Scientists are currently attempting to understand AA’s toxicity and potential carcinogenicity by exploring various mechanistic pathways and reactions both in vivo and in vitro [20]. It is generally accepted that AA (and similarly GA) react with amines and thiols via Michaeladdition (Figure 1) [7]. As such, our group has investigated the reaction rates between AA and the thiols captopril (CapSH), Lcysteine (CySH), and GSH [17,21] which are commonly found in body-fluids. L-cysteine and GSH are naturally occurring thiols within the body. However, CapSH is man-made and is usually administered in the form of a drug used for the treatment of congestive heart failure. We expected that the rates of formation of the AA-thiol adducts would be directly in the order of: CySH > CapSH > GSH according to kinetic theory, given that this corresponds to the order of increasing molecular size of the thiol. However, our experimental observed rates were in the sequence: CySH > GSH > CapSH (Table 1). Given that the kinetic study isolated possible influences of pH, choice of buffer solution, concentrations of reactants and oxygen sensitivity in supporting preliminary experiments, we sought mechanistic clues through abinitio calculations using Density Functional Theory [22,23] for the molecules in the gas and solution (water) phase (Appendix).


Figure 1: (a) Thermally reversible direct Michael addition of amine to AA [26]. (b) Base catalyzed nucleophilic attack of AA by thiols. (c) Catalysis of thiol addition with active buffer (TCEP=tris (2- carboxyethyl) phosphine) [27].

Parameter CapSH CySH GSH
k/dm3  mol-1 s-1 (303 K) 0.13 ± 0.01 0.34 ± 0.02 0.18 ± 0.02
Average pKs 9.01 ± 0.05 7.4 ± 0.2 8.5 ± 0.2
Literature pKs (298 K) 9.8a 8.15b 8.56b
ΔH/kJ mol-1 22 ± 7 34 ± 5 33 ± 5
ΔS/J K-1 mol-1 -190 ± 2 -143 ± 2 -149 ± 2
ΔG (298 K)/kJ mol-1 78 ± 3 76 ± 1 78 ± 1

Table 1: Calculated second-order rate constants (k), activation parameters, and pKs for the reactions between AA, CapSH, CySH, and GSH at 303K. aref [24]; bref [25].

Comparative analysis of the computed transition states formed by the respective thiols provided evidence of close contact distances for allosteric hydrogen bonding interactions with GSH which are not available to CySH or CapSH (Figure 2). The developing carbon to thiol bond distance with GSH is also the shortest of the group by 22% in solvent. Together, these findings suggest that correlations of AA reactivity to acid dissociation constants or even computed nucleophilicity of the reactive (thiol or amide) group are likely to be insufficient for these biologically important compounds. Bayse [28,29] has employed a solvent assisted proton exchange (SAPE) method in DFT computations involving GSH, whereby several discrete water molecules bridge the reactants in a manner which couples nucleophilic attack by the thiol with a proton transfer through the bridge. We have been unable to improve upon our DFT results by including such additional discrete water molecules to date, probably because the strong intramolecular H-bonds in GSH are likely to be competitively superior to H-bonding in the bridging water molecules. In short, the water-free transition states are simply lower in energy than the waterbridged options. We intend to continue our theoretical investigations of these and related thiols (including the potentially more dangerous GA metabolite) with higher levels of theory so that the predicted estimates of reaction rate constants and energetics will be further improved.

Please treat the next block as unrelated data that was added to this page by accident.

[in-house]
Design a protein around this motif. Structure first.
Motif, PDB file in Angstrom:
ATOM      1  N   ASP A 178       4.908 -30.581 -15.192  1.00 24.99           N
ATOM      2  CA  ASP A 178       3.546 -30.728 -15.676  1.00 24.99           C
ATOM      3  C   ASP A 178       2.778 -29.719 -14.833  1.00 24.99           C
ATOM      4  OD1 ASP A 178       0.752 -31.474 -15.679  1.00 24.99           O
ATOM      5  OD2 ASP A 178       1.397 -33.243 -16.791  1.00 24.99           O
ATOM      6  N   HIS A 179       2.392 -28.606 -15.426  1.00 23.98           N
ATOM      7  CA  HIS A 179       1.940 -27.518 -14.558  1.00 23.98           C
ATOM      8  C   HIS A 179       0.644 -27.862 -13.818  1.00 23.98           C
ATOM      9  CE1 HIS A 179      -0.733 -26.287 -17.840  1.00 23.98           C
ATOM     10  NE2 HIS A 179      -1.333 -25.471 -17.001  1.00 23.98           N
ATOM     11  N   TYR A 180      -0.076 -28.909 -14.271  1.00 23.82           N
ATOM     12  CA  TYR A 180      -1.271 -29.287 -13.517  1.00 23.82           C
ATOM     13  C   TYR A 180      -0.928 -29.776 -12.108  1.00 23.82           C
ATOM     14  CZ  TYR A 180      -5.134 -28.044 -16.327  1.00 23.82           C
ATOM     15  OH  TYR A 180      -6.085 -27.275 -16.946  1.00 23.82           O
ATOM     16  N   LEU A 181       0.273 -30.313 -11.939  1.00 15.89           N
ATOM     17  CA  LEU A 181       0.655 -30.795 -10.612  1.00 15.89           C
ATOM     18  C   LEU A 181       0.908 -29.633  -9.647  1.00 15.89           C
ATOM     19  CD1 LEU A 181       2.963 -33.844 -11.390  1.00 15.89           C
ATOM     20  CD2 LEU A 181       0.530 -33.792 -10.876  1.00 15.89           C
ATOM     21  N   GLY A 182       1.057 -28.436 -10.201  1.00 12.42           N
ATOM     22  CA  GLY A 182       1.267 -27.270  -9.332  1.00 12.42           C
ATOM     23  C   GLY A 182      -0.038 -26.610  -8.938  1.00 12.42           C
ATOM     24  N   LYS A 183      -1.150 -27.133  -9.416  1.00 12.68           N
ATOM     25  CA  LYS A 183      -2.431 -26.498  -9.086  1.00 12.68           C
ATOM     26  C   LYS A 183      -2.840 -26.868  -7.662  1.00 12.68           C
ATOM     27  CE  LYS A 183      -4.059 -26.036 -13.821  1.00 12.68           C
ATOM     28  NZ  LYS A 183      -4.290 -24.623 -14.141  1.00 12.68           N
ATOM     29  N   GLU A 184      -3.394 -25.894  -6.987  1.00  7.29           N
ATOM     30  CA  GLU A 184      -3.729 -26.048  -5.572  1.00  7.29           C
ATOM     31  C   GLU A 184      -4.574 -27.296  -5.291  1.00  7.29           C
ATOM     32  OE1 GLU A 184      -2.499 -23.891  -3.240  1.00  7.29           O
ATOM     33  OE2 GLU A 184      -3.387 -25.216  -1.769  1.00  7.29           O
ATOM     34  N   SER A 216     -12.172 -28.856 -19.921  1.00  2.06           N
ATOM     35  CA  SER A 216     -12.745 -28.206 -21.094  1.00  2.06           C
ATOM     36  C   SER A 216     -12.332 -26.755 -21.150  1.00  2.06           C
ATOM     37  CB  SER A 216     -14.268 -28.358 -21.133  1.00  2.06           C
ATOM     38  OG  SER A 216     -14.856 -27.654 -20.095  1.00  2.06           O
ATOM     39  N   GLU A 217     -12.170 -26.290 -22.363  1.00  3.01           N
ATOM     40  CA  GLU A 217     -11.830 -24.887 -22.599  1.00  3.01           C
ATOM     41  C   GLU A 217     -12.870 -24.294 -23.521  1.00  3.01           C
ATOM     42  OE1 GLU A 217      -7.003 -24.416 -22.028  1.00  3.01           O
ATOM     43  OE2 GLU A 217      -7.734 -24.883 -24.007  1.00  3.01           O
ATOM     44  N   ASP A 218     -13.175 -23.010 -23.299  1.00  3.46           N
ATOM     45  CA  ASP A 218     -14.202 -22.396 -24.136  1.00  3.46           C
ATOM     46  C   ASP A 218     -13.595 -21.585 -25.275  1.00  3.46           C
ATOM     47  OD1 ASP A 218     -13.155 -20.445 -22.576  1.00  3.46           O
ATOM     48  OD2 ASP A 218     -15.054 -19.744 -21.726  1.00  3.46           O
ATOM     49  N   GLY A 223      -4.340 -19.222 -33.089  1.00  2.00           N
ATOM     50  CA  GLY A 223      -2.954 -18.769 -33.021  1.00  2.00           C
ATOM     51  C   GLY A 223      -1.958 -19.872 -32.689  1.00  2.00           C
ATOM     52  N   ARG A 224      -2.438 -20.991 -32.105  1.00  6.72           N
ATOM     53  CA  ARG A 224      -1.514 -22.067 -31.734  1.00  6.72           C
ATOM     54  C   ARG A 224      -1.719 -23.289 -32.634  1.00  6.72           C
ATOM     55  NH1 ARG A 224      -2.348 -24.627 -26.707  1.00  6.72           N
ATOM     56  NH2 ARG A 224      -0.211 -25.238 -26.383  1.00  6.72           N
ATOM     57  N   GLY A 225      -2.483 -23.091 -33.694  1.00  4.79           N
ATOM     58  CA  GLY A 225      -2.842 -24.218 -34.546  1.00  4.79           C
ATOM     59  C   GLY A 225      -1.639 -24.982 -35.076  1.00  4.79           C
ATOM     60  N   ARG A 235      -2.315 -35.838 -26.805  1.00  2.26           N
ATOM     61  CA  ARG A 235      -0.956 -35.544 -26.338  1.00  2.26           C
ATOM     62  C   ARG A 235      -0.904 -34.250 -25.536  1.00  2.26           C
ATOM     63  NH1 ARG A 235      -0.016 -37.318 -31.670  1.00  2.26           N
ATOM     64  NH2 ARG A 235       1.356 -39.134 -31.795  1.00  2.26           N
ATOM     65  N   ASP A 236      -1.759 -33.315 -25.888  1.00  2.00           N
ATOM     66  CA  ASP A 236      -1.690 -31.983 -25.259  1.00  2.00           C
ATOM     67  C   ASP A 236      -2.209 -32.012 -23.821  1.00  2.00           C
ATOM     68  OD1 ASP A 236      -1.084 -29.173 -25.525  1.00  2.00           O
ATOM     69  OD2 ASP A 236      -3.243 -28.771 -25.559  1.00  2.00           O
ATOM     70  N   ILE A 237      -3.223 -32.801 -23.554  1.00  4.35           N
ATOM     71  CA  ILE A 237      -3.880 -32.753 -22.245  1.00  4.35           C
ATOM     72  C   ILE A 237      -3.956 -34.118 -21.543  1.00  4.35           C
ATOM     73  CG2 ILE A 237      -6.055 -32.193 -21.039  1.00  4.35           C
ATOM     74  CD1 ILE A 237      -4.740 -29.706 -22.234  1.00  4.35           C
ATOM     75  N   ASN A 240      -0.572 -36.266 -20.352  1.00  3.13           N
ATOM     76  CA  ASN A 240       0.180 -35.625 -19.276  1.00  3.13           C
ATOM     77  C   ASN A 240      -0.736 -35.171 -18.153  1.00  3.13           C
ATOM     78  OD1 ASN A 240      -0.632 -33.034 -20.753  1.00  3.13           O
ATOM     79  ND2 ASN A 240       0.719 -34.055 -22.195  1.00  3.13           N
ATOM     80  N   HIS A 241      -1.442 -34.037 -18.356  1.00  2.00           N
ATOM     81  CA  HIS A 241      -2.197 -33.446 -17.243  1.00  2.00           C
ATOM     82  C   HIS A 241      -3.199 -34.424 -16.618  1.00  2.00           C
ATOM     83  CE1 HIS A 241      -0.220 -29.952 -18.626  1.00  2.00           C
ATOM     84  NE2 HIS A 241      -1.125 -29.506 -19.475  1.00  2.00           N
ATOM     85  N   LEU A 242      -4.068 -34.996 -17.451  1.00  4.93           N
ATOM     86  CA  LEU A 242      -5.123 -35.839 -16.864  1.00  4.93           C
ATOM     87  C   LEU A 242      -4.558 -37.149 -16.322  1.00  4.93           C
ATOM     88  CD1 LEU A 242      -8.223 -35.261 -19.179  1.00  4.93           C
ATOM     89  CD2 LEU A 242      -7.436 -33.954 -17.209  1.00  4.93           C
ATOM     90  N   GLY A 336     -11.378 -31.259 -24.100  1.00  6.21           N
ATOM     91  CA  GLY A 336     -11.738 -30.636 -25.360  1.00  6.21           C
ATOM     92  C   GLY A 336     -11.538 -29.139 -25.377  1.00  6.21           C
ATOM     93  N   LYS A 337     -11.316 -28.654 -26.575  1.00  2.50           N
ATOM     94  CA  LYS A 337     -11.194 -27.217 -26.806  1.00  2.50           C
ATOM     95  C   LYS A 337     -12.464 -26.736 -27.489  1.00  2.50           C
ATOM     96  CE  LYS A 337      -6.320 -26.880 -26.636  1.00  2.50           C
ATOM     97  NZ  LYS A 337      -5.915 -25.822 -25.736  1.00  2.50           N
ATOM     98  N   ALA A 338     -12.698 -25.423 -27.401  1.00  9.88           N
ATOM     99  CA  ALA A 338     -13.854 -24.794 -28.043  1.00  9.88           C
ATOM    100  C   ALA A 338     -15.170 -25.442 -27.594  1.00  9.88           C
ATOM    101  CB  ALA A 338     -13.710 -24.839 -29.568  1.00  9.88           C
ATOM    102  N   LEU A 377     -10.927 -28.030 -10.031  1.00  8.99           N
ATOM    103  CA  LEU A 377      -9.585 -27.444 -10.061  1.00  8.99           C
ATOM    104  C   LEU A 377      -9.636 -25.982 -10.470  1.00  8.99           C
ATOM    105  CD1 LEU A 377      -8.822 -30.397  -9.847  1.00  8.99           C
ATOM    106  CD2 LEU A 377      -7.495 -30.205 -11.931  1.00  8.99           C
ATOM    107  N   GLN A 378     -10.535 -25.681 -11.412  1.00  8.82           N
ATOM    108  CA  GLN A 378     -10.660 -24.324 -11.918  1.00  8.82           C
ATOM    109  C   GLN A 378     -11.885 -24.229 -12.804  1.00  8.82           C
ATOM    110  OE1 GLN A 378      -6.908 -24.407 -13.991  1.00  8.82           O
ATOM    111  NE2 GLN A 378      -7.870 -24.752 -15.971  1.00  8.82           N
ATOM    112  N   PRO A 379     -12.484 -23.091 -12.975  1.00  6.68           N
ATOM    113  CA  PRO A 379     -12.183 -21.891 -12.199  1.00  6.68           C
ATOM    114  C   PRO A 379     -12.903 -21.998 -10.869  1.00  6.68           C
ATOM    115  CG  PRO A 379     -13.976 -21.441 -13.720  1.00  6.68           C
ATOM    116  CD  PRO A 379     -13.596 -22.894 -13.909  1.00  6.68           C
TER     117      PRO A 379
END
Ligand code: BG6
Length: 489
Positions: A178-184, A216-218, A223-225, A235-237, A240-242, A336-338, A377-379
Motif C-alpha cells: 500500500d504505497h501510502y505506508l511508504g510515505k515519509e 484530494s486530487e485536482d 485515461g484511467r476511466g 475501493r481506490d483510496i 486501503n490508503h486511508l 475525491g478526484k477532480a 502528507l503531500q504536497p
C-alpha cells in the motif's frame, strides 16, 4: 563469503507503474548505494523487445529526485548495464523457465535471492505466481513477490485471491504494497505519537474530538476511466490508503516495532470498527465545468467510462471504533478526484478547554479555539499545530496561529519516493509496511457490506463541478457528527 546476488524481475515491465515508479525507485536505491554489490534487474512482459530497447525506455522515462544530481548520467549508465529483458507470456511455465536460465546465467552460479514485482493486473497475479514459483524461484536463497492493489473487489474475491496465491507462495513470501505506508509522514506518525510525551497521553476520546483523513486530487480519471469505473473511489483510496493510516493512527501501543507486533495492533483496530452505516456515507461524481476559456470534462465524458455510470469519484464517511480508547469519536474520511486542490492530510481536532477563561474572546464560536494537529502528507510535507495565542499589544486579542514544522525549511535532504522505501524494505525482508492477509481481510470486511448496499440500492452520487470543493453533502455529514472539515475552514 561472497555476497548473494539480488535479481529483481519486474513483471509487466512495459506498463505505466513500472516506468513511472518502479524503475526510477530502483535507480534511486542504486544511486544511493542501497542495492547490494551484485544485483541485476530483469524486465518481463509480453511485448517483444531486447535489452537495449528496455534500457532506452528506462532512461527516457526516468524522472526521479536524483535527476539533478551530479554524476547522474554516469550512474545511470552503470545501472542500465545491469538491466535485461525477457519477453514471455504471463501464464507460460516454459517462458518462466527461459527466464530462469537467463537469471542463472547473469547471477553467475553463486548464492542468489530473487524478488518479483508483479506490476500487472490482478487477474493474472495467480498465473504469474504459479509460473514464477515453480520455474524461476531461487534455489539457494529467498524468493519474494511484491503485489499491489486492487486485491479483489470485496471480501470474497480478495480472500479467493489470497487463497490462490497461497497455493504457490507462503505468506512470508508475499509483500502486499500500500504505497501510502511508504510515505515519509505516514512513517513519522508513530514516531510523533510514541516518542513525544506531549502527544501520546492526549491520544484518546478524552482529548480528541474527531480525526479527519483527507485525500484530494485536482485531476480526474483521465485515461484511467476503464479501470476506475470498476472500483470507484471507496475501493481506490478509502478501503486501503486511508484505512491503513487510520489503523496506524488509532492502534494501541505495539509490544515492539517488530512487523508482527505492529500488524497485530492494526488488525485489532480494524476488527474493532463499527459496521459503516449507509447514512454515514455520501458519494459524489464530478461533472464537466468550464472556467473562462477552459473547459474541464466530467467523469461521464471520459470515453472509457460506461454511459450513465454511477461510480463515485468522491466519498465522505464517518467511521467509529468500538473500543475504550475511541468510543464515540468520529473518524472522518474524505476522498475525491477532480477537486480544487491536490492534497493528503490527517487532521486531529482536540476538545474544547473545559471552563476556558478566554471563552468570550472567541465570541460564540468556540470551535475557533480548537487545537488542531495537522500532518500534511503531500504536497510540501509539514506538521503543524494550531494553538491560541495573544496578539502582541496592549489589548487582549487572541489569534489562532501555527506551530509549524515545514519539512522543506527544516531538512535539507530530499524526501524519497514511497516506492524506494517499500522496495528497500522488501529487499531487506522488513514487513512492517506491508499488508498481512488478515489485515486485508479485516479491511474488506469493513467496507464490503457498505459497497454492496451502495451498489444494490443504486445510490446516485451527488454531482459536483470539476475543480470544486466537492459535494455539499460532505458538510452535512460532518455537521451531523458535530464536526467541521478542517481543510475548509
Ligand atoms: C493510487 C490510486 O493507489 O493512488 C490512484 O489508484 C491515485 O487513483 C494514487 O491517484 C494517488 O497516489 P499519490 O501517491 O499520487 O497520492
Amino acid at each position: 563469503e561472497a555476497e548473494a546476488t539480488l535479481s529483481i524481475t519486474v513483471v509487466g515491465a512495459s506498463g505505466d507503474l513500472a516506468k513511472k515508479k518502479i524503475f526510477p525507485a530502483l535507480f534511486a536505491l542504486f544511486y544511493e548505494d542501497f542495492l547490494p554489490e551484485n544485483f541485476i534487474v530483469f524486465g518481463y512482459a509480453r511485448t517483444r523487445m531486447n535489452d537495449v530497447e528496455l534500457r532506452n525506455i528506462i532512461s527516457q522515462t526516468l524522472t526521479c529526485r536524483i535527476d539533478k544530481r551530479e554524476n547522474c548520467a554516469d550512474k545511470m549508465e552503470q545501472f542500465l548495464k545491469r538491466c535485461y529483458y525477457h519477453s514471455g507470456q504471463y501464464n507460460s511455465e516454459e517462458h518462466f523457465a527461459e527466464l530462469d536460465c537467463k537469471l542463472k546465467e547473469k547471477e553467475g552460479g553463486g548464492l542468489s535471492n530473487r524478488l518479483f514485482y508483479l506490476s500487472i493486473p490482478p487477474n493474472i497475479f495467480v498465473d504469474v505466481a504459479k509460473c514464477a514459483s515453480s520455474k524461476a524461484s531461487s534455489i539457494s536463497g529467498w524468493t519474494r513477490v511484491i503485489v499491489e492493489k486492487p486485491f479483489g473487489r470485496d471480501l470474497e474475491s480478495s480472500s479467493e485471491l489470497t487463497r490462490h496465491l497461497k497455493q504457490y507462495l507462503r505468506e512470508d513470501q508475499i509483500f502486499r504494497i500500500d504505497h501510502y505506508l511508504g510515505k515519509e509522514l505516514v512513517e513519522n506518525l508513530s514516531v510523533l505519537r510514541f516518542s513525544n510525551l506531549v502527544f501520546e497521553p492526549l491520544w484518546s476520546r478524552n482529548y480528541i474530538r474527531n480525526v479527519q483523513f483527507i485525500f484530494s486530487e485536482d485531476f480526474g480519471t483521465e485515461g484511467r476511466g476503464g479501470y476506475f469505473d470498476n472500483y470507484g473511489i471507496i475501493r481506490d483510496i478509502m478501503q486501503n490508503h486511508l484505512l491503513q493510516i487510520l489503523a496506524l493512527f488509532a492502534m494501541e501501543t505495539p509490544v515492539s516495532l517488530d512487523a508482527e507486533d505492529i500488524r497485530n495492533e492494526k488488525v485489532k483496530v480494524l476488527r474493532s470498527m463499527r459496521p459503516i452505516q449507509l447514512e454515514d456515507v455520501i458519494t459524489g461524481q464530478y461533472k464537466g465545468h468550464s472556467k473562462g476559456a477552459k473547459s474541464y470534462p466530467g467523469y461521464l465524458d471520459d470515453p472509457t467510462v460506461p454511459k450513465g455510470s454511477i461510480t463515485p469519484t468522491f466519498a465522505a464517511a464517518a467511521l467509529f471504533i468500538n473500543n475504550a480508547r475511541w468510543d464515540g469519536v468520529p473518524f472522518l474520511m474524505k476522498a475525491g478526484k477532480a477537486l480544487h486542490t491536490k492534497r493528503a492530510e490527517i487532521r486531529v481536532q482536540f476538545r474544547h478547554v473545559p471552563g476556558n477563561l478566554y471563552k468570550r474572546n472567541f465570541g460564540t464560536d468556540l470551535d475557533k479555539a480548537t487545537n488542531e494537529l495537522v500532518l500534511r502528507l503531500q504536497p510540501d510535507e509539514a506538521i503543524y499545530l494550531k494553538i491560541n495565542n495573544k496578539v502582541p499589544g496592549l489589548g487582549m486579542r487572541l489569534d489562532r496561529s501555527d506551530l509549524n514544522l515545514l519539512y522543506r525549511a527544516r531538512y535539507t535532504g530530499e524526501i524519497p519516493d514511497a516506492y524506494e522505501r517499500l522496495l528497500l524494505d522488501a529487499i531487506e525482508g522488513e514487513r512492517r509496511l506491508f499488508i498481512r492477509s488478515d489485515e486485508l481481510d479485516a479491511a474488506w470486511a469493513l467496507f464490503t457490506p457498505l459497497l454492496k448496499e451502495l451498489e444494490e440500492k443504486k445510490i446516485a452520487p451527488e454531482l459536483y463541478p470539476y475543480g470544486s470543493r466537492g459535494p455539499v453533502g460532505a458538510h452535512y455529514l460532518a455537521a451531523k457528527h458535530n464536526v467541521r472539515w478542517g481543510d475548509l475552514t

Figure 2: Optimized transition states in aqueous solution for reactions of AA with CySH (a), GSH (b) and CapSH (c) showing thiol-carbon distances and hydrogen bonded contacts (dashed lines).


Exposure to AA or its metabolite GA in foodstuffs, food residues, is a major concern today. Whether conjugation of AA or GA with GSH is the main route of reduction is a question of debate. Various amelioration techniques to remove/minimize precursor AA or GA contaminants using synthetic/natural enzymes or micro-organisms have been proposed. While thiol groups in amino acids are known to react via Michael-addition, whether thiol group is primary or secondary or both needs to be answered in order to determine the spectra of amino acids that are capable of reaction. Recent kinetic investigations done here with the intention of studying reactivity of various thiols; i.e. whether primary or secondary thiol affect reactivity. Furthermore, preliminary DFT calculations show that there is an open question of H-transfer via intramolecular GSH or H-transfer via water molecules. This debate needs further investigation.


Computational studies

Gas phase (1 atm) geometries and energies were optimized using the BVP86 DFT functional [30] and Ahlrichs’ TZVP basis set [31] as available in the PQS program [32]. Transition state geometries were optimized until a single imaginary vibrational frequency corresponding to displacement along the intrinsic reaction coordinate was found. The energy differences between reactants, transition states and products were computed relative to that of the combined energy of the isolated reactants in each case. Energy partition function analysis was used to determine the thermal corrections to the energy of each molecule (enthalpic and entropic) at different temperatures from translational, rotational and vibrational modes. With water as solvent, energies and optimized geometries were computed using the COSMO [33] electrostatic screening model and the output transferred to the ADF [34] program for COSMO-RS [35] calculations at infinite dilution.